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Chili con carne is Spanish for chili with meat. Some common ingredients in this dish include ground beef or another meat, beans, and a variety of spices. These seasonings can include chili powder, cumin, cayenne pepper, and just about any other spice that suits one’s taste. Chili has been a popular dish in American cuisine for many years — and is served in restaurants, at family gatherings, and even featured in cooking competitions throughout the U.S.
According to some food historians, the origins of chili con carne can be traced as far back as the 17th century. Contrary to what many people believe, chili is actually not Mexican cuisine. Rather, this spicy stew is believed to have its roots in Spanish cooking. The first of these dishes to appear in the United States were in the southwest, most likely in the state of Texas. Despite its Spanish origins, however, Texas-style chili con carne has become internationally known as an example of typical Tex-Mex cuisine.
Some of the first types of meats used in chili included beef, venison, and goat, depending on what was locally available. There were countless types of recipes created, and people prepared the dishes according to what would travel well without spoiling, and what could be prepared easily. In the 1920s, when people in the U.S. were suffering from near-starvation during the Depression, local chili parlors saved many of them from hunger by offering cheap chili with free crackers.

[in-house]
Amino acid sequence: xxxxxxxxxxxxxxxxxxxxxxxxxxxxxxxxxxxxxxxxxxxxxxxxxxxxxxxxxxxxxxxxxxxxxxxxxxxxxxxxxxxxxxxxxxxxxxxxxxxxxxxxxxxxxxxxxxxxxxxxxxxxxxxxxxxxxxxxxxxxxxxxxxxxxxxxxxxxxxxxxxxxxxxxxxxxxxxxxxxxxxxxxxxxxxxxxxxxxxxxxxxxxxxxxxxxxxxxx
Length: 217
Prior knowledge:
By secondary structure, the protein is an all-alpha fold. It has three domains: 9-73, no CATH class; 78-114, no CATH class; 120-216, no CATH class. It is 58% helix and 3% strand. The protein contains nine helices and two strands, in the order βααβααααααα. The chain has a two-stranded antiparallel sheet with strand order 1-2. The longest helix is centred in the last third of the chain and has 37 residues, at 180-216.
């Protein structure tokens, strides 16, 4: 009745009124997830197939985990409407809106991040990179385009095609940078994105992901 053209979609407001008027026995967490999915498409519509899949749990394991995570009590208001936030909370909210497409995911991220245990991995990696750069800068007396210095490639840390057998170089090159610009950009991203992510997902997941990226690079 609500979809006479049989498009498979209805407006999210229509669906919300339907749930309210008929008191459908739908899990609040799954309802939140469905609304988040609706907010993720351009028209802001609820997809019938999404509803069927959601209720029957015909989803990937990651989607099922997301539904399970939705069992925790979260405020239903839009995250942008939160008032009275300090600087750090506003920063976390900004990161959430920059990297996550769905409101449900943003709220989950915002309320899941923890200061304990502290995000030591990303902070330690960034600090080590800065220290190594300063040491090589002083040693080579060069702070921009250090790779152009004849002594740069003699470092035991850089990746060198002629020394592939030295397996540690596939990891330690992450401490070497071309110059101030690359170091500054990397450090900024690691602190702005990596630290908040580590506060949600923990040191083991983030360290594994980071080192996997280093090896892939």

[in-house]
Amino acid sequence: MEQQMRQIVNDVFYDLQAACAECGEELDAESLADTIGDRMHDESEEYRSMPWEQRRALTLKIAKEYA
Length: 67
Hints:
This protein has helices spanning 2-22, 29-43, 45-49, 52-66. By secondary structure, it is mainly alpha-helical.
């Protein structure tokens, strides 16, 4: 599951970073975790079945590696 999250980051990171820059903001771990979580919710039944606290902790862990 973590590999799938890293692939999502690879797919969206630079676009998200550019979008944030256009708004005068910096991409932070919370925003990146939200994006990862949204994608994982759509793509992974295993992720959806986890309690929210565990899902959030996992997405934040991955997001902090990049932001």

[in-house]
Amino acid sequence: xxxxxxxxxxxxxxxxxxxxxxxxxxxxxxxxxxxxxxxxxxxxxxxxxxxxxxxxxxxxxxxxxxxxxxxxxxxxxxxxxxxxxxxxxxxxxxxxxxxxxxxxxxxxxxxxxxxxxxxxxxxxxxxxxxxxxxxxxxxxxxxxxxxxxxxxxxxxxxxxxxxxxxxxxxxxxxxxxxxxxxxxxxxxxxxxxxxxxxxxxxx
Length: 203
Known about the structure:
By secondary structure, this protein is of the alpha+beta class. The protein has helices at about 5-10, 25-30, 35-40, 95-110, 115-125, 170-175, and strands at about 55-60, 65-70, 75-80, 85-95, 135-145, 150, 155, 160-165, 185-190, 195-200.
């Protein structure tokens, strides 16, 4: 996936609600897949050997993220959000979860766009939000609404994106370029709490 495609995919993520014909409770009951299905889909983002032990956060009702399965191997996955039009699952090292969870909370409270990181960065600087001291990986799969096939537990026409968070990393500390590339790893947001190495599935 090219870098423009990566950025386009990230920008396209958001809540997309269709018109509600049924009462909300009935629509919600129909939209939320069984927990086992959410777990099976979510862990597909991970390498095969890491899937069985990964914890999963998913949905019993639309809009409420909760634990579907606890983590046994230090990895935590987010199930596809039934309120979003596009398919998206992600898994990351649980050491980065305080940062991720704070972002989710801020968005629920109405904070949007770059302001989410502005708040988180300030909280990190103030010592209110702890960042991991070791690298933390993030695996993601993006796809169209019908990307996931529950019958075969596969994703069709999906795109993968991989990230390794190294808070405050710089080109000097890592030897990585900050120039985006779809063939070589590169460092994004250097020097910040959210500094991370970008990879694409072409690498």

Chili con carne recipes have not been created without controversy. For instance, certain regional cooks refuse to use beans in their chili, while others hold opposing views on the addition of tomatoes. Over time, products such as canned chili and chili powder were developed, presumably to make preparation time shorter in people’s increasingly busy lives. Chili purists, however, probably prefer the slow-cooked, simmering method of making chili from scratch.
There are countless variations of chili con carne. While traditional chili contains red meat and beans, white chili is usually made with white beans, like cannellini or Great Northern beans. Common meat options in this variation include turkey or chicken, which is usually either ground or shredded. Peppers, onions, and other vegetables can also be added to chili. Common garnishes include sour cream, shredded cheese, or tortilla chips. Some people serve chili con carne over a starch, such as rice or spaghetti.
Chili continues to grow in popularity in the U.S. and around the world. Chili-making competitions, or cook-offs, can range from small, local events to nationally-televised contests. People have many options, from restaurants to cookbooks, to find a chili recipe that they like, or they may create their own.